Tomorrow's Table: Organic Farming, Genetics, and the Future of Food
By the year 2050, Earth's population will double. If we continue with current farming practices, vast amounts of wilderness will be lost, millions of birds and billions of insects will die, and the public will lose billions of dollars as a consequence of environmental degradation. Clearly, there must be a better way to meet the need for increased food production. Written as part memoir, part instruction, and part contemplation, Tomorrow's Table argues that a judicious blend of two important strands of agriculture--genetic engineering and organic farming--is key to helping feed the world's growing population in an ecologically balanced manner. Pamela Ronald, a geneticist, and her husband, Raoul Adamchak, an organic farmer, take the reader inside their lives for roughly a year, allowing us to look over their shoulders so that we can see what geneticists and organic farmers actually do. The reader sees the problems that farmers face, trying to provide larger yields without resorting to expensive or environmentally hazardous chemicals, a problem that will loom larger and larger as the century progresses. They learn how organic farmers and geneticists address these problems. This book is for consumers, farmers, and policy decision makers who want to make food choices and policy that will support ecologically responsible farming practices. It is also for anyone who wants accurate information about organic farming, genetic engineering, and their potential impacts on human health and the environment.
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I've somewhat mixed feelings about the book. Regarding genetic engineering and organic farming, there is definitely some quality information to be had. Ronald and Adamchak both provided interesting nibbles of information and experience into their professions. Ronald's discussion of GMO food was the most interesting part of the book for me, addressing the basic science, practical benefits and common misconceptions ably and convincingly. Based on this discussion I am far more comfortable regarding the safety and utility of GMO crops. However, Adamchak's sections on organic farming were less informative, and certainly less convincing; many of the sources used were fairly old (a 2008 book relying on citations from 1996 seems a little questionable) and overall it rested mostly on his experience rather than scientific literature. Perhaps understandable given the divergent nature of their fields. But still, the contrast between well-documented, scientific research on GMO and the whistful musings about the benefits of organic farming was striking. One is convincing evidence, the other is opinions wrapped in naturalistic fallacy.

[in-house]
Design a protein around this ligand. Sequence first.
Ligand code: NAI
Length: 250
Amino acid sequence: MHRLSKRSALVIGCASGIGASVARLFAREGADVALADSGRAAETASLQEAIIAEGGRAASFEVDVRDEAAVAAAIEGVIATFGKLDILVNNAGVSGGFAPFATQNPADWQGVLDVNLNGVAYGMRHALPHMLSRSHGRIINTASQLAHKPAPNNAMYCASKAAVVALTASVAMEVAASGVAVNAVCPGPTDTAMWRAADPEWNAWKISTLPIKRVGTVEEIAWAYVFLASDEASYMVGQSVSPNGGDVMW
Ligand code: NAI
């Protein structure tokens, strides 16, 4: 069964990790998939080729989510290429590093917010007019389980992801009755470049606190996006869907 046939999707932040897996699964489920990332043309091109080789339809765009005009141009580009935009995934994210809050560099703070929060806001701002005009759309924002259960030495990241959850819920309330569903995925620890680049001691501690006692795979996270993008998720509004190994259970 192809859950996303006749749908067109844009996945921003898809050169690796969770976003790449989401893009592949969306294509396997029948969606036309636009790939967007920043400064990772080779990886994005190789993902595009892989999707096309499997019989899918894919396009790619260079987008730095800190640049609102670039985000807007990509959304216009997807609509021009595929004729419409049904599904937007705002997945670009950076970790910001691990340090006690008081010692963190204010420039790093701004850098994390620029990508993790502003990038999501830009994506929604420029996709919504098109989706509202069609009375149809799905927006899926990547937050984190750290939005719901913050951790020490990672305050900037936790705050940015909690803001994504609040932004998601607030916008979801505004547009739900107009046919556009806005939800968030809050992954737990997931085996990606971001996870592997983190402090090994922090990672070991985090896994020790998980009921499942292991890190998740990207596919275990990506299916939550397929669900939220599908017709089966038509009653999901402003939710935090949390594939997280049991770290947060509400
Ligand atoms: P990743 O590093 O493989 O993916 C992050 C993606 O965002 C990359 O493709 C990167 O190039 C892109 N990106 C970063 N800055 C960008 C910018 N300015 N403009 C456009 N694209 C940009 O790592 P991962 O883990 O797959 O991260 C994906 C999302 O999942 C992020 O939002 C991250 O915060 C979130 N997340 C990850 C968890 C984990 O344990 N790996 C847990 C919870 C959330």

A minor complaint was the brevity of the work. Framed as a public introduction into two controversial areas, the book still read as light and short, with considerable untapped potential in both areas. The larger issue for me however, was the stylistic choice to allow personal narrative to consistently intrude into the chapters. In addition to reducing the amount of text devoted to substance and research, I found irritating the appearance of their opinions on matters for which they are not experts (most notably the lyrical praise heaped upon the decision to give birth at home - a choice which sounds lovely but is in reality a dangerous one for parents and children).
To put this into food terms, it was a well-made appetizer that was not to my taste and left me hungry for a main course with a little less pepper.